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Danish Presidency hopeful of environmental agreement at Johannesburg

After two days of pre-negotiations, the EU is optimistic about the World summit on sustainable development according to the Danish Presidency. Prior to the official opening of the summit on 26 August in Johannesburg, delegates held discussions on the draft 'plan of implementa...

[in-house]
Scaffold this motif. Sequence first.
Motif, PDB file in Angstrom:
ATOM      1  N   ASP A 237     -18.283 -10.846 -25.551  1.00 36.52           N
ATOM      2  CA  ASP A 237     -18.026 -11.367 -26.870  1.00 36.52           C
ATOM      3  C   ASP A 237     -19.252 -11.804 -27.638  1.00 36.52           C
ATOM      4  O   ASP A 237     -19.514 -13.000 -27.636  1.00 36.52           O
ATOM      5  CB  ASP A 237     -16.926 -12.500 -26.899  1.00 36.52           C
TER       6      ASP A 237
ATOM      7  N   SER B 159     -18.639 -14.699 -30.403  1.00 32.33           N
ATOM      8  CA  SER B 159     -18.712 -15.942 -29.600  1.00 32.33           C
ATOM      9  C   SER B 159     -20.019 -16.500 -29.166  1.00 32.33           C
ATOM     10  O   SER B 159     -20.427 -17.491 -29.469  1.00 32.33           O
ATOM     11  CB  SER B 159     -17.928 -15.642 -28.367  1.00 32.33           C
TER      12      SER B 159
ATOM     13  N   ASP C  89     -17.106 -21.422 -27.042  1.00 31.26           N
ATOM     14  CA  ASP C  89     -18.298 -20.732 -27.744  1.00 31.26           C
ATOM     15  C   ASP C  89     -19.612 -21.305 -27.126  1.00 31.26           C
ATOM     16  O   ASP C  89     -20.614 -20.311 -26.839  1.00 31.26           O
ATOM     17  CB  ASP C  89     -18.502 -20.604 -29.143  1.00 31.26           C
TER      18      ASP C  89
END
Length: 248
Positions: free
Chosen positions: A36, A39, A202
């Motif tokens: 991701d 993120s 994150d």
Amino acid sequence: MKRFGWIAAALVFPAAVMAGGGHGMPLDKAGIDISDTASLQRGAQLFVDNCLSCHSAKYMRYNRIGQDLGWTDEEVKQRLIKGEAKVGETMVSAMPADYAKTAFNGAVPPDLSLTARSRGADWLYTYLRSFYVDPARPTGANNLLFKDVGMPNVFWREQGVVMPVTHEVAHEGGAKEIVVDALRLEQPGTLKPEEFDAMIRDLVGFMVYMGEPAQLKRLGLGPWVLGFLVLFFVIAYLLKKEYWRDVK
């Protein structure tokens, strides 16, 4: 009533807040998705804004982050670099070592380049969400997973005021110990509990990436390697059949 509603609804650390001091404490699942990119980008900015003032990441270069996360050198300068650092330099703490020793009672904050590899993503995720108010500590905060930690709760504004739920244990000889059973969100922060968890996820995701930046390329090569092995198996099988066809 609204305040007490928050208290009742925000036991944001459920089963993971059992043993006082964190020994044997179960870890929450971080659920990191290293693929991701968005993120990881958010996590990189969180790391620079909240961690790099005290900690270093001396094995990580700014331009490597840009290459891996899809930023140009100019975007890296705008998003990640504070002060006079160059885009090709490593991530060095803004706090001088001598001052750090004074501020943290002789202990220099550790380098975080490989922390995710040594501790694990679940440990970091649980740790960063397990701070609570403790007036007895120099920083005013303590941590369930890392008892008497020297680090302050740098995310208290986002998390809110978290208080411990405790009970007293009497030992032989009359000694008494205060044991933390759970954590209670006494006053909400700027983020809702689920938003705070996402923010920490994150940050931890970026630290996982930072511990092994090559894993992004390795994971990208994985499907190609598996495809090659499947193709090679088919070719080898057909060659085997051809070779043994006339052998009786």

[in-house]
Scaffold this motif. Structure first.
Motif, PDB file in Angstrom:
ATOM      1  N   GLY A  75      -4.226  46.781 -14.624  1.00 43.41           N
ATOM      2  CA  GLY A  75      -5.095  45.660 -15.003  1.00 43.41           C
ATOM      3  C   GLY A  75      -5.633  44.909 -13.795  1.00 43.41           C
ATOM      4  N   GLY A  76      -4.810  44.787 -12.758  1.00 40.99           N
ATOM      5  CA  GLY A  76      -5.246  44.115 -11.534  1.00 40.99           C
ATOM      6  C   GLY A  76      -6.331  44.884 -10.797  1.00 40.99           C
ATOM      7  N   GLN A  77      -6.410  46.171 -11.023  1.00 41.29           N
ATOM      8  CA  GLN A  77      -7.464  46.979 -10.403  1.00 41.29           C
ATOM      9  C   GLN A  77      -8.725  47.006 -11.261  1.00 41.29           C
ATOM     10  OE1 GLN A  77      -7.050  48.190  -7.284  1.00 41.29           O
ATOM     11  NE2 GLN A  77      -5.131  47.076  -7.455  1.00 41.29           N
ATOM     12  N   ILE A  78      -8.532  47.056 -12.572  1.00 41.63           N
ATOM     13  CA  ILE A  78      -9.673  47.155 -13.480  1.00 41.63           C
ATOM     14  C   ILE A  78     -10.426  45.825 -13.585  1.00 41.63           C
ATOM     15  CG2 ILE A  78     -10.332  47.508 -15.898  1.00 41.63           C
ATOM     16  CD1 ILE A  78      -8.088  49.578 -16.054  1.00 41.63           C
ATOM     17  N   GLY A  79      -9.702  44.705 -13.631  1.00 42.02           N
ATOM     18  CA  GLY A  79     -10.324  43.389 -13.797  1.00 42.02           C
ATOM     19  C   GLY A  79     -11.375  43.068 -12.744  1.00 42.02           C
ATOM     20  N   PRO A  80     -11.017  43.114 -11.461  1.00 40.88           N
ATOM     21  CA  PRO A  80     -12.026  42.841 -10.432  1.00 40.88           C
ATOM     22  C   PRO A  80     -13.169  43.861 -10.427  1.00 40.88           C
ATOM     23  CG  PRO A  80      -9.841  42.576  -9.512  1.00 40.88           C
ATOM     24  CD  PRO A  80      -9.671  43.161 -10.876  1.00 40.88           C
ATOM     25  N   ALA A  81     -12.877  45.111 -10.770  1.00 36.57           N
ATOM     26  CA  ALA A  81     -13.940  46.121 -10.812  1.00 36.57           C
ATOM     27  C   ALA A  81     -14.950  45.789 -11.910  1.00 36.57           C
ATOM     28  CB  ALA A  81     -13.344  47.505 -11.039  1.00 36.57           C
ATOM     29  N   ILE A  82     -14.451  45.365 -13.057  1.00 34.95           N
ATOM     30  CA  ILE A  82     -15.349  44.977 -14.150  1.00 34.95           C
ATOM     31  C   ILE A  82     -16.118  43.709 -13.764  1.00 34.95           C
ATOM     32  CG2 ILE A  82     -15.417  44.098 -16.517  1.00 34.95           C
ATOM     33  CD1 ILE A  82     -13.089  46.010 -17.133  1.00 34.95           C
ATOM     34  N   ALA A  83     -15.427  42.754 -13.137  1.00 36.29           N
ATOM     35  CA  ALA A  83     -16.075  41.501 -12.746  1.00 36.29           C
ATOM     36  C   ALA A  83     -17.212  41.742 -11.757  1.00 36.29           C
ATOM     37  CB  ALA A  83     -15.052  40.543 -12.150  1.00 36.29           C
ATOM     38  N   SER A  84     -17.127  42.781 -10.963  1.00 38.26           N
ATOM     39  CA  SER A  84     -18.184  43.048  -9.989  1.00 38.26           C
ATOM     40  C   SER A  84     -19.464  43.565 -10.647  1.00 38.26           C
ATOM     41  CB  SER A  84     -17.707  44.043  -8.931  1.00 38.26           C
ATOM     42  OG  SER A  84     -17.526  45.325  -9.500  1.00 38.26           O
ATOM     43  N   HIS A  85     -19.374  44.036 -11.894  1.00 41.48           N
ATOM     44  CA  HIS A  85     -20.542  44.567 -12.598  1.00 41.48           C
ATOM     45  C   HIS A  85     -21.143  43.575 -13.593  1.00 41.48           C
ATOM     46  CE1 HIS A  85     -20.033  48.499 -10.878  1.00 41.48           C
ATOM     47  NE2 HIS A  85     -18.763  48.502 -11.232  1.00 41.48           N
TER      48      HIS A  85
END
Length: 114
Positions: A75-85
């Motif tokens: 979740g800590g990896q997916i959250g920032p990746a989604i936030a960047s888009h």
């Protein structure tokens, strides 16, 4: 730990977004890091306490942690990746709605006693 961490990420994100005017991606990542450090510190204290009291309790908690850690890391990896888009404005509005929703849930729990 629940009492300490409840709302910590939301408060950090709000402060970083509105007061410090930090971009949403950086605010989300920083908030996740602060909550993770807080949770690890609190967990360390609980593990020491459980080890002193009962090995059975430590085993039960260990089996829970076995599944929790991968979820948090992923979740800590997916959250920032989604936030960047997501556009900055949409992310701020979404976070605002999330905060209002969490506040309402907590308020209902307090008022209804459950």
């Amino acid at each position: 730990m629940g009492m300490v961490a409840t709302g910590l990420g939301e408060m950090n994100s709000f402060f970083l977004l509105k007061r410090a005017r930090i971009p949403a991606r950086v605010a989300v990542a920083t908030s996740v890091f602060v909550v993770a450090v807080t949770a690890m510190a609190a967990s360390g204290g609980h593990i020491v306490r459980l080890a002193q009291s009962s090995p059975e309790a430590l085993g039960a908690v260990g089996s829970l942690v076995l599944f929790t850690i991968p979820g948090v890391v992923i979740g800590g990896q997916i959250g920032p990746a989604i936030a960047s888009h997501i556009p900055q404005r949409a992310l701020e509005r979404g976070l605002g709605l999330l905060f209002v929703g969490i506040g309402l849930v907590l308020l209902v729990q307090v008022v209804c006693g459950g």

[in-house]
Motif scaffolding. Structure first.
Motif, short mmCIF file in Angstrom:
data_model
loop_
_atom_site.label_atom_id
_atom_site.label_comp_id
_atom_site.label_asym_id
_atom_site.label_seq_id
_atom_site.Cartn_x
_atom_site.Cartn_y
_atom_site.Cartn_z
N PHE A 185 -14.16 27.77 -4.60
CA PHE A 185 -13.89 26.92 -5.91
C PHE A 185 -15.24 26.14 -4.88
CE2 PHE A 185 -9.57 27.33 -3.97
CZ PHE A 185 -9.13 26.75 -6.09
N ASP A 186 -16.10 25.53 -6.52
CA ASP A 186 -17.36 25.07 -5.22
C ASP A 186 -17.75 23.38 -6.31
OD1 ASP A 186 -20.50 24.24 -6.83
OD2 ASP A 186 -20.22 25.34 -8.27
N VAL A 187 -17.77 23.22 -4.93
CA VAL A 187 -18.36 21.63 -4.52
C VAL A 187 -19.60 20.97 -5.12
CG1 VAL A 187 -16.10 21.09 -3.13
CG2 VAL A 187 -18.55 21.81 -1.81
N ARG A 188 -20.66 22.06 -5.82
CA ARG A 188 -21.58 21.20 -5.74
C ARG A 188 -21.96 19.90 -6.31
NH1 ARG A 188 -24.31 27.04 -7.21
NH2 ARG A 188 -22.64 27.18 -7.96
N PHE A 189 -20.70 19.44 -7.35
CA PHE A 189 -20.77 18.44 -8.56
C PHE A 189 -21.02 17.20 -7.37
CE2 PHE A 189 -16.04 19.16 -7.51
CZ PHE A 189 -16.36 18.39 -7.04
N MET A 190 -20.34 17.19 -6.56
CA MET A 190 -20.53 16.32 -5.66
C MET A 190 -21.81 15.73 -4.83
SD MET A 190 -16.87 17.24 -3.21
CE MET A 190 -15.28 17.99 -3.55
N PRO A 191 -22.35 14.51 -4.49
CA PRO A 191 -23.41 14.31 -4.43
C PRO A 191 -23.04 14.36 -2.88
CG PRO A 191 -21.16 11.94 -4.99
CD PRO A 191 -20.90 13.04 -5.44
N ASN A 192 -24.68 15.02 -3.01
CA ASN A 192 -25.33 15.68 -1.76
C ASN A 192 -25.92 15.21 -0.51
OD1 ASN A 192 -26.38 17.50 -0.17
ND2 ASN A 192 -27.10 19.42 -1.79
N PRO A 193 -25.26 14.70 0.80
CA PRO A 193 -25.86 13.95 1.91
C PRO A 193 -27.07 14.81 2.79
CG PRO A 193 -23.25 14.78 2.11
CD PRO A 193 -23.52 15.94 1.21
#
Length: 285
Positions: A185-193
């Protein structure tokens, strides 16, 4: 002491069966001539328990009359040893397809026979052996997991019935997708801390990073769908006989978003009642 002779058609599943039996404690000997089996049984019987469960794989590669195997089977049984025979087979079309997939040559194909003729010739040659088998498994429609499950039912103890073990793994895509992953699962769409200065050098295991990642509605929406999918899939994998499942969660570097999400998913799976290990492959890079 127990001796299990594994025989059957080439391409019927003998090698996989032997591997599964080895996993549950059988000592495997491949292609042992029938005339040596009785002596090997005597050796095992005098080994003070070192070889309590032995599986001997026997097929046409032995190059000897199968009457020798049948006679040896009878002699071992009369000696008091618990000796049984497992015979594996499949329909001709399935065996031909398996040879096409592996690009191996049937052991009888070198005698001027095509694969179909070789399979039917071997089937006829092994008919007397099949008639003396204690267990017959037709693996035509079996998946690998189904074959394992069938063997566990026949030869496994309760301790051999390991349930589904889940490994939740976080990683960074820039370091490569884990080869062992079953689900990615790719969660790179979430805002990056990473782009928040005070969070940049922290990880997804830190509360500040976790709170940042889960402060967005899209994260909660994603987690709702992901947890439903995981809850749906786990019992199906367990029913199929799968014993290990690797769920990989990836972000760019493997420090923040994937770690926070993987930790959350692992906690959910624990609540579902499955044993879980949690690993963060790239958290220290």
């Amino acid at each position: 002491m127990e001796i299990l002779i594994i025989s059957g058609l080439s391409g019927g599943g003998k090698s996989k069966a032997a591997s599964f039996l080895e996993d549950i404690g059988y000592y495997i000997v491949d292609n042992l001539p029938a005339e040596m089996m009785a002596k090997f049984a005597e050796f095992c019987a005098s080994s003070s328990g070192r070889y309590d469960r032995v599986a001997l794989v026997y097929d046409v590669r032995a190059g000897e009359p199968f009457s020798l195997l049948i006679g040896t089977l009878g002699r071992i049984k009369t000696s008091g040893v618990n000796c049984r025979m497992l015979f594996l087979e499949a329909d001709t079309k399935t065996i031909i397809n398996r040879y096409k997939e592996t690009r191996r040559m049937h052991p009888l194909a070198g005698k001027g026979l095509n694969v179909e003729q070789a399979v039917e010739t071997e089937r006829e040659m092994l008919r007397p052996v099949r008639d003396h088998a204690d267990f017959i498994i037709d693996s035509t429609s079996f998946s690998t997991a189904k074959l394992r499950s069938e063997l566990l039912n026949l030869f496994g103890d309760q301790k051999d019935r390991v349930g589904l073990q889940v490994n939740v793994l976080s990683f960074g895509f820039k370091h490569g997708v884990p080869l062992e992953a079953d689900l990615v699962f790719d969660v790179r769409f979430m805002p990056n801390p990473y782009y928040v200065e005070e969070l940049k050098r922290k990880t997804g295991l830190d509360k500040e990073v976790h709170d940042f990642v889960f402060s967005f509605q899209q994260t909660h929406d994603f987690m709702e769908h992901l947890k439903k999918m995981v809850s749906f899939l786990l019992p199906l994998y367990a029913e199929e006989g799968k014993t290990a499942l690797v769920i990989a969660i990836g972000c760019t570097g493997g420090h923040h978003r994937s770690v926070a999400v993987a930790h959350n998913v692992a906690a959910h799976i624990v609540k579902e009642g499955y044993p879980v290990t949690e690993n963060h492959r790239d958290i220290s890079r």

After two days of pre-negotiations, the EU is optimistic about the World summit on sustainable development according to the Danish Presidency. Prior to the official opening of the summit on 26 August in Johannesburg, delegates held discussions on the draft 'plan of implementation', and have achieved consensus on a number of issues relating to environmental concerns. 'The atmosphere is very constructive. The Union is positive towards the new texts that have been put forward as a basis for negotiations,' said Danish State Secretary, Carsten Staur. 'The EU, the developing countries in the G77 group, Japan and the United States have been active players in these efforts and the EU hopes the summit will proceed on this basis.' There remain, however, areas where achieving a consensus will be more difficult, as highlighted by Director-General of the Environment DG, Catherine Day. 'There are still areas where a lot of work has to be done,' she said. 'The Union believes that a way of showing real commitment is to set quantifiable targets, implementation timetables and monitoring mechanisms in the plan of implementation.' On the eve of the opening of the summit, the EU's Development Commissioner emphasised the importance of achieving agreement at Johannesburg. 'The world cannot afford Johannesburg to fail. The challenges faced by this planet and its people are just too big. The floods in Europe and Asia this summer are yet another striking reminder of the possible consequences we face if we fail to achieve sustainability,' said the Commissioner. 'The European Union is determined to face its responsibilities and play a leading role in achieving a successful outcome [...]. We must remember that as we enter into the final round of negotiations on text, the aim is to bring the world together to agree on how to shape our common future.'

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